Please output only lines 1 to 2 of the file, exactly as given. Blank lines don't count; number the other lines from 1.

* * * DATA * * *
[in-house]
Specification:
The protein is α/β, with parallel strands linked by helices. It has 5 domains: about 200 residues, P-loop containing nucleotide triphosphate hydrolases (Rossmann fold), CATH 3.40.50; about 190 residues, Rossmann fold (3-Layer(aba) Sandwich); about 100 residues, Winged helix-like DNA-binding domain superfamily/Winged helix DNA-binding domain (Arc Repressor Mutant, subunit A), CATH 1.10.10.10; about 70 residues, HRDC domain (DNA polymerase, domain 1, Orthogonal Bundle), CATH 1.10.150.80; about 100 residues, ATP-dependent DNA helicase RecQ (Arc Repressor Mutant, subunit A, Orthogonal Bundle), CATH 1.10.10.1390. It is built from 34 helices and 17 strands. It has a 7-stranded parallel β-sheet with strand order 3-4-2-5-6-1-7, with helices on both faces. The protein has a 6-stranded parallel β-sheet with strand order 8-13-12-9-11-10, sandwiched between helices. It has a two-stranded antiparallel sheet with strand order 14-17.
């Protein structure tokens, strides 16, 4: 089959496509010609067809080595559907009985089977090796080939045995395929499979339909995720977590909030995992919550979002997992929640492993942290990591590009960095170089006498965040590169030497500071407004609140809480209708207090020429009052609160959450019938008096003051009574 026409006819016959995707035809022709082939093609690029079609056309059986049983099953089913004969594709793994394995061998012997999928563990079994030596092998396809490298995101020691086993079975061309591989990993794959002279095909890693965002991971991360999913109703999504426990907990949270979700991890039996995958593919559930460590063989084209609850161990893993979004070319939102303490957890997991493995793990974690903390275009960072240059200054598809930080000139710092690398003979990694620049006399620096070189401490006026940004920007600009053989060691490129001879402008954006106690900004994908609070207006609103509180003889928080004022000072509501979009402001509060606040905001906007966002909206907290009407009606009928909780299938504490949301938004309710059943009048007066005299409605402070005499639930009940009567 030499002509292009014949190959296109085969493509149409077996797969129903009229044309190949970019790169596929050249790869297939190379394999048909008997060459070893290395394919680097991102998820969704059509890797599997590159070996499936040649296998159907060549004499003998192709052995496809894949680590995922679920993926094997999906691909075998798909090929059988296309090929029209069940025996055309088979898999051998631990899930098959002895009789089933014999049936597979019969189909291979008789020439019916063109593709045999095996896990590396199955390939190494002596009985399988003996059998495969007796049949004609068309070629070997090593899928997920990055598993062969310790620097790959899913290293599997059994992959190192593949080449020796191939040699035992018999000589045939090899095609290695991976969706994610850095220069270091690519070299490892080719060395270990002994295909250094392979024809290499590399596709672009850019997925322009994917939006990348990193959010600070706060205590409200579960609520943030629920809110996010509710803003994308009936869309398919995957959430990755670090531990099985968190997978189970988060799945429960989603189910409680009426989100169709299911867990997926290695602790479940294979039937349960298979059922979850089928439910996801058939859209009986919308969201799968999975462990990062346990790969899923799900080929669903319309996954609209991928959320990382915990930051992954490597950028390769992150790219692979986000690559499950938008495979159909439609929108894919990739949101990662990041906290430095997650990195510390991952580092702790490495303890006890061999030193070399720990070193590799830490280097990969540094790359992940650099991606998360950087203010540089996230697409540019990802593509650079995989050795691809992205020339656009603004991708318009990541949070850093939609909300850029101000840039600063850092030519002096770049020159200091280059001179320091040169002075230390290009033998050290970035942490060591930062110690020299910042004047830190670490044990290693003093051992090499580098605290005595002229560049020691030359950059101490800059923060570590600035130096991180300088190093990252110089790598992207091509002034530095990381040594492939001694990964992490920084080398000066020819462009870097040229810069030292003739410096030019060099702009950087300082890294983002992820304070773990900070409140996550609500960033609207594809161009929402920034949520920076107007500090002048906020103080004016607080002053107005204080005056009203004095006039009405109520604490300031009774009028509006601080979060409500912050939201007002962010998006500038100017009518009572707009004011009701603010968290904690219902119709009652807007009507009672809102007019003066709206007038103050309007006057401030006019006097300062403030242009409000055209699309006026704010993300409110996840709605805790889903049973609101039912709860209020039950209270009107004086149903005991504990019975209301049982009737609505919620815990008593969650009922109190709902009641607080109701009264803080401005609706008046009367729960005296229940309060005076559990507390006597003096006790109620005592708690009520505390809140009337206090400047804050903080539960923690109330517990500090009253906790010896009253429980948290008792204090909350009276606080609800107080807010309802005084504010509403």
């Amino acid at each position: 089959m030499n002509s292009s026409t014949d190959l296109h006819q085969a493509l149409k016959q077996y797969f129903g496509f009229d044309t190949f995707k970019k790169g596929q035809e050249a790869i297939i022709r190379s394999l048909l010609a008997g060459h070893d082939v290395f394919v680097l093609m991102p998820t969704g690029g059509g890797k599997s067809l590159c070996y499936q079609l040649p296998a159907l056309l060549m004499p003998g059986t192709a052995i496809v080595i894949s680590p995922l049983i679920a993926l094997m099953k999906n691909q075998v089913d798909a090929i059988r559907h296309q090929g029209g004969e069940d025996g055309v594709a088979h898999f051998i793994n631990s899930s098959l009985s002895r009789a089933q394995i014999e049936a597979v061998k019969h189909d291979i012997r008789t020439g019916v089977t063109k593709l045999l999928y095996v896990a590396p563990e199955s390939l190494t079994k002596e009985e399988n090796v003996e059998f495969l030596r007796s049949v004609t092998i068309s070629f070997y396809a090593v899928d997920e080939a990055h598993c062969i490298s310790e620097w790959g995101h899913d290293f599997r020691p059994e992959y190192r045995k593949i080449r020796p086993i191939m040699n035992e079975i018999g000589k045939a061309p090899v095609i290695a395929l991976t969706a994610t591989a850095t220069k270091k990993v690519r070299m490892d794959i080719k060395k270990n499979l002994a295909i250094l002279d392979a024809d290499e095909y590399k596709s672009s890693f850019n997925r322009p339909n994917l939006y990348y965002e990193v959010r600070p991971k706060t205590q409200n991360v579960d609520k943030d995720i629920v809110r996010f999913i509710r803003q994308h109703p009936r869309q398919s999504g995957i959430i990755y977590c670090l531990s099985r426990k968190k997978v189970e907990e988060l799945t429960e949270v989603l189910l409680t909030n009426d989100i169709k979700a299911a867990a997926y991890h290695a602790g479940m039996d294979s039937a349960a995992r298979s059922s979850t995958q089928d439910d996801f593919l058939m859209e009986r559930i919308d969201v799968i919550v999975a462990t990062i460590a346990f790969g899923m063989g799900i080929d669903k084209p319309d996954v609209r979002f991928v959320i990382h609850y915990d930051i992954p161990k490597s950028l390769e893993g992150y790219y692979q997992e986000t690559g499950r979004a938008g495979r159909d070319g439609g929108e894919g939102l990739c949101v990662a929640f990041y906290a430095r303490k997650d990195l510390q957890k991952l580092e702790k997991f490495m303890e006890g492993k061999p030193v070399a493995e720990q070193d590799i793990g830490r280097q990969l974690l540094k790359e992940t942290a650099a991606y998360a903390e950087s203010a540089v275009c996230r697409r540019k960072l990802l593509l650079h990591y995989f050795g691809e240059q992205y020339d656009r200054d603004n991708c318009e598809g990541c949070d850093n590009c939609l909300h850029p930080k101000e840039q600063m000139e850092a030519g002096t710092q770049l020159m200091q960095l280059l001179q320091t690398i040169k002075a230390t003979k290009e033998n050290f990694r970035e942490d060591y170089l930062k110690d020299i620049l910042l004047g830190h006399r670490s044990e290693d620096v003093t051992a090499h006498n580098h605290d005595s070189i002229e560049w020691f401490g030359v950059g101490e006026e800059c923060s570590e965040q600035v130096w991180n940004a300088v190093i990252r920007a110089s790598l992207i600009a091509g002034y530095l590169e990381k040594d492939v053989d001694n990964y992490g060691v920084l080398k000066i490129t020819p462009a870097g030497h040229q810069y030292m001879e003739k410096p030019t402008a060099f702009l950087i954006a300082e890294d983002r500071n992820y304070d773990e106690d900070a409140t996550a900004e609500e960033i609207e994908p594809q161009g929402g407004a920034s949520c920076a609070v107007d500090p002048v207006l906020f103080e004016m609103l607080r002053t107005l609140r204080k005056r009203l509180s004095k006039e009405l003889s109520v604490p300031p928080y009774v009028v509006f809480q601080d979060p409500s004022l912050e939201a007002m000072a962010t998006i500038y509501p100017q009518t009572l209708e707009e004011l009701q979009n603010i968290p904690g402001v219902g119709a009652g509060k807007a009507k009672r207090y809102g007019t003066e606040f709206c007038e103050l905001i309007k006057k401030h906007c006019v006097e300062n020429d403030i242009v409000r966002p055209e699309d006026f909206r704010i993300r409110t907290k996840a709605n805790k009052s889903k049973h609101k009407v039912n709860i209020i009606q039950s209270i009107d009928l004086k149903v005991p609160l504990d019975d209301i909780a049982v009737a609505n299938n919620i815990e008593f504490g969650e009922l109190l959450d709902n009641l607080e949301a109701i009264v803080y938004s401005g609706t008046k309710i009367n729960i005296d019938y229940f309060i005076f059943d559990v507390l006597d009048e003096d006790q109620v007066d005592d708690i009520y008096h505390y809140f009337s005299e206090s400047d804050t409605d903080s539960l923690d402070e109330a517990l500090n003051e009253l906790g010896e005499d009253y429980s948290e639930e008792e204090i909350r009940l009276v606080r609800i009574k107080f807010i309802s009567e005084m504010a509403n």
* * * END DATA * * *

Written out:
[in-house]
Specification: